Review Date: November 21, 1998
Director: Tony Scott
Writer: David Marconi
Producers: Jerry Bruckheimer
On the acting side of things, Jon Voight is convincing as the head of a department that's seriously lobbying to play "big brother" in America's technological future. The rest of the bad guys are your standard fare, with many of them sporting the same spiked, platinum haircuts, so that nobody will detect them as a team (Good move, guys!). Gene Hackman returns as a super-paranoid recluse fresh from the conclusion of his role in 1974's THE CONVERSATION (6/10), in which he started of as a surveillance expert, and eventually disintegrated into a total paranoid fruitcake (Just a cool coincidence? I think not.) He is also quite good in his role, and physically standardized as the "crazy, whacked-up guy" as per his donning of the proverbial black rimmed glasses. Will Smith was actually okay in his part, but seemed to have delivered most of his funniest lines in the film's trailer. And lastly, Jason Lee of MALLRATS (6/10) fame, pulls off another slick performance as the hip, young cat who could swear with the best of them.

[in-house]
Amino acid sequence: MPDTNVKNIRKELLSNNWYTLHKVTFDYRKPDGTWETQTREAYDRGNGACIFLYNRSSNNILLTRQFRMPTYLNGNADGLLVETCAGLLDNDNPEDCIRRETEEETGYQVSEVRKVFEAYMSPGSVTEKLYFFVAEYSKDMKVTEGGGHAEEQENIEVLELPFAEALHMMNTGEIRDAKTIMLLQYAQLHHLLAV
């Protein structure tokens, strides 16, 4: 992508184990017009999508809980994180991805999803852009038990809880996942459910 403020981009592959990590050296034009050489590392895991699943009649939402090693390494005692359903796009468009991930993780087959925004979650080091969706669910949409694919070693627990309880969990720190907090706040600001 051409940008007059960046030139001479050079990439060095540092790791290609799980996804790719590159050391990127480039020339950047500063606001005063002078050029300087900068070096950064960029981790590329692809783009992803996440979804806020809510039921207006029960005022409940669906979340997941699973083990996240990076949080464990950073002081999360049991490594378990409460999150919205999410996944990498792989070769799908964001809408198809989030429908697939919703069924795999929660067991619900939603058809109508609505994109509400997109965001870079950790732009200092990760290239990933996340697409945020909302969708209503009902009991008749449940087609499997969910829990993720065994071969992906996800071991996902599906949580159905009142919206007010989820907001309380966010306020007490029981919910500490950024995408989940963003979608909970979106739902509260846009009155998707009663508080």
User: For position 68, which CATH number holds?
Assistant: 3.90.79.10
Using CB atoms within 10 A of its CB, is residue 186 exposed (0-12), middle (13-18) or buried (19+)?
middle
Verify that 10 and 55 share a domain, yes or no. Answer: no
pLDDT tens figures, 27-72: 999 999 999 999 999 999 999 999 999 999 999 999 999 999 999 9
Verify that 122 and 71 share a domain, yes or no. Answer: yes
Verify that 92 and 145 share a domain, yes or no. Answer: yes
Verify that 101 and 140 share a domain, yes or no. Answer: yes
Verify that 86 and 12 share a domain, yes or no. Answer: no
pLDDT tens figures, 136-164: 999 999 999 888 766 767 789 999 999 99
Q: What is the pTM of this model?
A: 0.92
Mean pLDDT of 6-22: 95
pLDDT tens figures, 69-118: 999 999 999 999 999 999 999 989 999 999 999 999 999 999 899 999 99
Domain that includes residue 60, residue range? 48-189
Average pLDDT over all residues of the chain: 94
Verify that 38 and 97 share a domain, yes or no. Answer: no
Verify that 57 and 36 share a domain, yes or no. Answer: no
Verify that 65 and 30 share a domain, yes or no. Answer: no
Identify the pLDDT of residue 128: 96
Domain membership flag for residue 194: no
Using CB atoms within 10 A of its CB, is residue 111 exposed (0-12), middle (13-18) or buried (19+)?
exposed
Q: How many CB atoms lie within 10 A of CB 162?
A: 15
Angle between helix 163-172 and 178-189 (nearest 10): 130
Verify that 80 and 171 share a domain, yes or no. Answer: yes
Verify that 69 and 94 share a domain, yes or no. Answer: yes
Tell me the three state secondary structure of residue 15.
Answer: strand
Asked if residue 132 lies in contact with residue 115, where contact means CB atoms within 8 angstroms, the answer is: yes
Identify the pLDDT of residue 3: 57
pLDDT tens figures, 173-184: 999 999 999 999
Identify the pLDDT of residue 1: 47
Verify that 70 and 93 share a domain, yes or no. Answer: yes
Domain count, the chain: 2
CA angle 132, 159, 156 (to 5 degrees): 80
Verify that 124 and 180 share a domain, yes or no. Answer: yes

Director Scott also returns with many of his trademarks, as his frenetic camera shots, five second edits, and overdone technical mumbojumbo (How many times do we have to see the satellite dish floating out in space, and the overhead camera shots of people being chased...okay, Tony, we get it...they're cool shots, but let's move on already!). He also made sure to have at least one wicked downpour near the film's conclusion, as to solidify its presence in every one of his films. All in all, the film is packed with energy and thrills, delivers many decent performances, an intelligible plot with some obvious holes, but does run on for about half and hour too long, and could get repetitive at some points.